An eight-member congressional delegation on Friday visited Fort Hood, Texas, as part of an inquiry into the Army base. Acting base commander, Maj. Gen. John Richardson, far left, pledged to provide the lawmakers detailed information to give a “full understanding of the challenges Fort Hood is facing.”

An eight-member congressional delegation on Friday visited Fort Hood, Texas, as part of an inquiry into the Army base. Acting base commander, Maj. Gen. John Richardson, far left, pledged to provide the lawmakers detailed information to give a “full understanding of the challenges Fort Hood is facing.” (U.S. Army)

AUSTIN, Texas — Eight Democratic members of Congress said Friday that they have many lingering concerns about the conditions of Fort Hood after touring the base this week and speaking with the soldiers and families who live there.

“Behind me is the sign that says, ‘Fort Hood, the Great Place.’ I don’t think that any of us feel that we can call it a great place right now,” said Rep. Jackie Speier, D-Calif. “I believe there are serious cultural and safety issues at this base that we must address.”

Speier, who serves as the chairwoman of the military personnel subpanel of the House Armed Services Committee, said the lawmakers visited the base because of the killing of Spc. Vanessa Guillen, the suicide of Sgt. Elder Fernandes and suspected homicide of Pvt. Gregory Wedel-Morales. However, they said they also witnessed poor living conditions of soldiers in barracks and families in base housing, as well as a culture of fear and low morale.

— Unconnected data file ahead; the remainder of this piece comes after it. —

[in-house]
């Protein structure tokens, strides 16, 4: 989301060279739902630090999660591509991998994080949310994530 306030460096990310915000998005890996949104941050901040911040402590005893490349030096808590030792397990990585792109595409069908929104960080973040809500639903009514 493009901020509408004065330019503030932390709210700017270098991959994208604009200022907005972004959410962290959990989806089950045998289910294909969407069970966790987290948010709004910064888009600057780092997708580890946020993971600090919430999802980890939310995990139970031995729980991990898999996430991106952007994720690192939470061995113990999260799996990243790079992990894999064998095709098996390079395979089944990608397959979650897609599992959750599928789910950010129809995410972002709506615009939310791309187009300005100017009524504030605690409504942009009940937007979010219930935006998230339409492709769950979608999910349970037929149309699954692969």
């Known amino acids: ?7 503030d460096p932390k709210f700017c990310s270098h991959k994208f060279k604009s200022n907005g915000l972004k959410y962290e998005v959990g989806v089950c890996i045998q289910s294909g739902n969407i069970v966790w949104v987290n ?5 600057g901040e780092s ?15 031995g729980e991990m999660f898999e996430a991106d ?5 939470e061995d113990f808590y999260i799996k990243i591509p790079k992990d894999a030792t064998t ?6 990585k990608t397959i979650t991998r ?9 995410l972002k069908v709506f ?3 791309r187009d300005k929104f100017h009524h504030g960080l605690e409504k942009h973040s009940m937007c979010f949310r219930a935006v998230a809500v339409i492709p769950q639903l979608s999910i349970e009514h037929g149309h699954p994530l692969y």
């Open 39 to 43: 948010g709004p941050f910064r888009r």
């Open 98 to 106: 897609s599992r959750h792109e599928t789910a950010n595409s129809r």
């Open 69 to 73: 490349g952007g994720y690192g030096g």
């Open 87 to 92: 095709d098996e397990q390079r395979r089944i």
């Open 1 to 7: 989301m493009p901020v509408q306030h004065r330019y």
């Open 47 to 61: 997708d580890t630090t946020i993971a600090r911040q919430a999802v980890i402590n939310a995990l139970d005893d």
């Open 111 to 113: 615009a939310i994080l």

“We came here today to get answers, but I feel like we not only don’t have these answers, but now we have more questions,” said Rep. Gil Cisneros, D-Calif.

The lawmakers spoke about their visit Friday outside the main entrance to Fort Hood, and often mentioned by name some of the 28 soldiers who died at the base this year. The manner of those deaths, including eight soldiers killed in accidents, six suicides, five homicides and two illness-related deaths, drove the lawmakers to further investigate the central Texas base themselves.

“I’m deeply concerned about the soldiers here and their families. Morale is low and the battle rhythm is high," Speier said. “We are going to make this base a safe place for men and women to serve. I can commit to you that we are going to make sure the conditions under which our families are housed here are going to improve and that service members who are in barracks here are going to have decent accommodations.”

Rep. Jason Crow, D-Colo., served as an Army Ranger and he said the barracks are some of the worst that he’s seen. He said he photographed wasp nests in the stairwells, sagging blinds in nearly every room that had them and a basement classroom that had chairs missing legs.

“In the military, the small things are big,” he said. “The command has a big job in front of it. They’ve got to get in front of units and fix this stuff quickly.”

But Crow added comments from the new Fort Hood acting commander, Maj. Gen. John Richardson, were encouraging. The commander acknowledged the problem and described his plan to meet with leaders and soldiers across the base to rebuild the trust that has eroded this year.